I’ve tried many different notebooks and specialist journals over the years and my all-time favourite is the Leuchtturm. I have at least two on the go at the same time; different colours. One for work, one for my personal journal.


I prefer the lined version. The dotted version of popular for bullet journaling, and the plain one is useful if you want to include more art than writing. There is no right or wrong. Get the one that you will enjoy using the most. I pair it with a Parker ballpoint - simple and no smudges.

All that really matters is that you like it. Yes, you can journal in any notebook, but treating yourself to one that feels special does make a difference.


Timing


It’s likely you will fit into one of these two categories:

  • People who like a routine

  • People who like to do things when they feel like doing them

I am well and truly in the first category; I thrive on routine. I run on a schedule. I set myself deadlines. I panic at disorganisation, anything ‘last minute’ and frown at ‘let’s be impulsive’.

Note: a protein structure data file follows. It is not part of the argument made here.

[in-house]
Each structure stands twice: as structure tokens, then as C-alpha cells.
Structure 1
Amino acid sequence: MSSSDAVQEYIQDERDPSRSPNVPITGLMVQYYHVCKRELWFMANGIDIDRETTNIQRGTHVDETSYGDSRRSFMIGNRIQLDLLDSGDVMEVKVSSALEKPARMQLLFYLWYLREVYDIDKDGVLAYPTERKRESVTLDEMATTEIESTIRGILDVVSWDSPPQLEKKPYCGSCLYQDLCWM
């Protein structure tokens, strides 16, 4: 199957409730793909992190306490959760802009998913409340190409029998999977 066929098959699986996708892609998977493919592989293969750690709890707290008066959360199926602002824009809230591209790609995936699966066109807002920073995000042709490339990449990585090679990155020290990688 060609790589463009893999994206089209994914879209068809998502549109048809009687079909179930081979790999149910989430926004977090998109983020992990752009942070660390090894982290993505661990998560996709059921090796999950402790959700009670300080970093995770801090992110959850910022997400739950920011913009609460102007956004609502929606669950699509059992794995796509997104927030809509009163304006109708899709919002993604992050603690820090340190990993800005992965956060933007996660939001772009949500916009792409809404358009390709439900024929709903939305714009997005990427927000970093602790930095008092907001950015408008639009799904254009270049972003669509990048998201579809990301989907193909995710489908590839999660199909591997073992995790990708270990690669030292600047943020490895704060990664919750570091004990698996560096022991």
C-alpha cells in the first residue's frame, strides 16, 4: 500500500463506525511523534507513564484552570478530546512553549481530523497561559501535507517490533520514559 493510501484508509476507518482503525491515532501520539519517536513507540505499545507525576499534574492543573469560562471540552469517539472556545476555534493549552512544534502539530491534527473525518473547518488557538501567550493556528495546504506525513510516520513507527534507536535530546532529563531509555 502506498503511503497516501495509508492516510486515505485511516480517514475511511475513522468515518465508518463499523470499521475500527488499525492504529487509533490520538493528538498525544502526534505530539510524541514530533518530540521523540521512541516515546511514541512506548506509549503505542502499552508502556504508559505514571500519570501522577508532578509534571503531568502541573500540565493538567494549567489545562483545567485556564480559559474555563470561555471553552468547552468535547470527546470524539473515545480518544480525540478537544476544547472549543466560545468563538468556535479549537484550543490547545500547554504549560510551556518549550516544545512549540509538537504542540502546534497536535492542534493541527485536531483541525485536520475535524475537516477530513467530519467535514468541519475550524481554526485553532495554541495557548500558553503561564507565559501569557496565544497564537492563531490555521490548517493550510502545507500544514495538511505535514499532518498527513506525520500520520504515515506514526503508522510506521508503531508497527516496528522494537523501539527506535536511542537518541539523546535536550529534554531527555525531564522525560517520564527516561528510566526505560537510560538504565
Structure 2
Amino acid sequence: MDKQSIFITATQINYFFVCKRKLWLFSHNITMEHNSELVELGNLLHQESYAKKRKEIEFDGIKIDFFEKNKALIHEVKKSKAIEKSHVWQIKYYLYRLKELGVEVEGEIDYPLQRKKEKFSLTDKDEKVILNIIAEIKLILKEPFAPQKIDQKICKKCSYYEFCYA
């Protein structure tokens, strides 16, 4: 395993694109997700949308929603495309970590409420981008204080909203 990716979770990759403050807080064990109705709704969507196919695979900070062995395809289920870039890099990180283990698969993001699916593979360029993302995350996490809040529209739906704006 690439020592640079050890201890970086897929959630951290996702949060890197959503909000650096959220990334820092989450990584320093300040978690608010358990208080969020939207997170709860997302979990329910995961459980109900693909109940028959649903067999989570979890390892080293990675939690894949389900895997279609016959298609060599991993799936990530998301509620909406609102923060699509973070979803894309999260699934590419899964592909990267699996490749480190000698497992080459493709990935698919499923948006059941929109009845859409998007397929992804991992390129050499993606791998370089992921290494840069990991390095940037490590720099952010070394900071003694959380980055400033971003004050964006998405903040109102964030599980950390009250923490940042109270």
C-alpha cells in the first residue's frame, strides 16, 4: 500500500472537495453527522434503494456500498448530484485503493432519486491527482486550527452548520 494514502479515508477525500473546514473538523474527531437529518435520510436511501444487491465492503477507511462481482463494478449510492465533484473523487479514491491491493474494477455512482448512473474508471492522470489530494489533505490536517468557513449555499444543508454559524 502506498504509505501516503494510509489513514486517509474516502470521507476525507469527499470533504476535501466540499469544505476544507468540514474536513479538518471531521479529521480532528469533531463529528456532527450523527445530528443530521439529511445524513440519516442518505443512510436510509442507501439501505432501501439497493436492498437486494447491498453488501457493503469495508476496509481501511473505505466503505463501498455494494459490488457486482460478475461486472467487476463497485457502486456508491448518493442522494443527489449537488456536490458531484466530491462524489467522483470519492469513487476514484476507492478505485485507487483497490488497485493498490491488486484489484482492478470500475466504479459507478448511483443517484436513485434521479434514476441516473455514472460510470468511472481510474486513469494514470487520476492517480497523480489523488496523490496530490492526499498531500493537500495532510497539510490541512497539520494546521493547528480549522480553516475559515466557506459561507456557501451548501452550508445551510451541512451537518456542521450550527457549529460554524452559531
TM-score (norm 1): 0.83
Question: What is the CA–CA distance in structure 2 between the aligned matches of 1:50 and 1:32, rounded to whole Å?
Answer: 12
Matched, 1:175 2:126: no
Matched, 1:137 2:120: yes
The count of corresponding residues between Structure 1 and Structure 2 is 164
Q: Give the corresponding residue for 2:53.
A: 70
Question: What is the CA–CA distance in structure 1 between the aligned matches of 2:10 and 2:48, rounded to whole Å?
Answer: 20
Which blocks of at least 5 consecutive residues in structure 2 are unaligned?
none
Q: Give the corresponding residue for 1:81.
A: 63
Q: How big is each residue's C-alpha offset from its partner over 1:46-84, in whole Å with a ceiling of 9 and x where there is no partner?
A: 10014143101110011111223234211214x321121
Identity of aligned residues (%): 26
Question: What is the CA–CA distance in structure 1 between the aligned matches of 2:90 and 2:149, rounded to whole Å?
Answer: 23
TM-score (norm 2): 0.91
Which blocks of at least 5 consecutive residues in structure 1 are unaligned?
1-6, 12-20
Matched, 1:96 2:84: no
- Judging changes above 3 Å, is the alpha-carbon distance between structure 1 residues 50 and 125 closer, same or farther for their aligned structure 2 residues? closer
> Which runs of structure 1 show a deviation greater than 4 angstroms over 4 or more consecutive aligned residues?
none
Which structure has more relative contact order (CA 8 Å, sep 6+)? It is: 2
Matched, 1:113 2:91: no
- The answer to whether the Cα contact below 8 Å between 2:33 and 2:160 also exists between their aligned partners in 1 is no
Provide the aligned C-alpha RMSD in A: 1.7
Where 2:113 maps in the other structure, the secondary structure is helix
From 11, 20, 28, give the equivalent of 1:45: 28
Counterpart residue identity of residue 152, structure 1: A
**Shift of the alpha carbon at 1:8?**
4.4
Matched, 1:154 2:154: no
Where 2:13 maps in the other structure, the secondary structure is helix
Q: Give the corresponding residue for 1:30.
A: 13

So, if you prefer routine, I would recommend choosing a time and place that you will journal each day. Mine is just before I go to bed, so I keep my journal and pen on my bedside table.


If, however, you don’t like to be tied to routine, and would rather journal when the mood takes you, I would suggest choosing a smaller notebook, such as an A6 one, and keeping it in your bag or pocket, using it as much or as little as you feel you want to during the day.


Of course this can also depend on what you’re using your journal for. If you’re tracking your food and exercise for example, it may make sense to keep your journal in the kitchen, or with you at work. By the time you settle down for the evening, you may have forgotten some of the details you want to capture.


Or if you are experimenting with free writing, this is usually done earlier in the day, as a way of clearing your mind before you begin your tasks for the day ahead.


So do what works for you, but have a plan, even if it’s a plan to journal when you feel like it!


Start small


Make it easy for yourself by choosing how you are going to use your journal and taking some time to think about what you want to get out of it.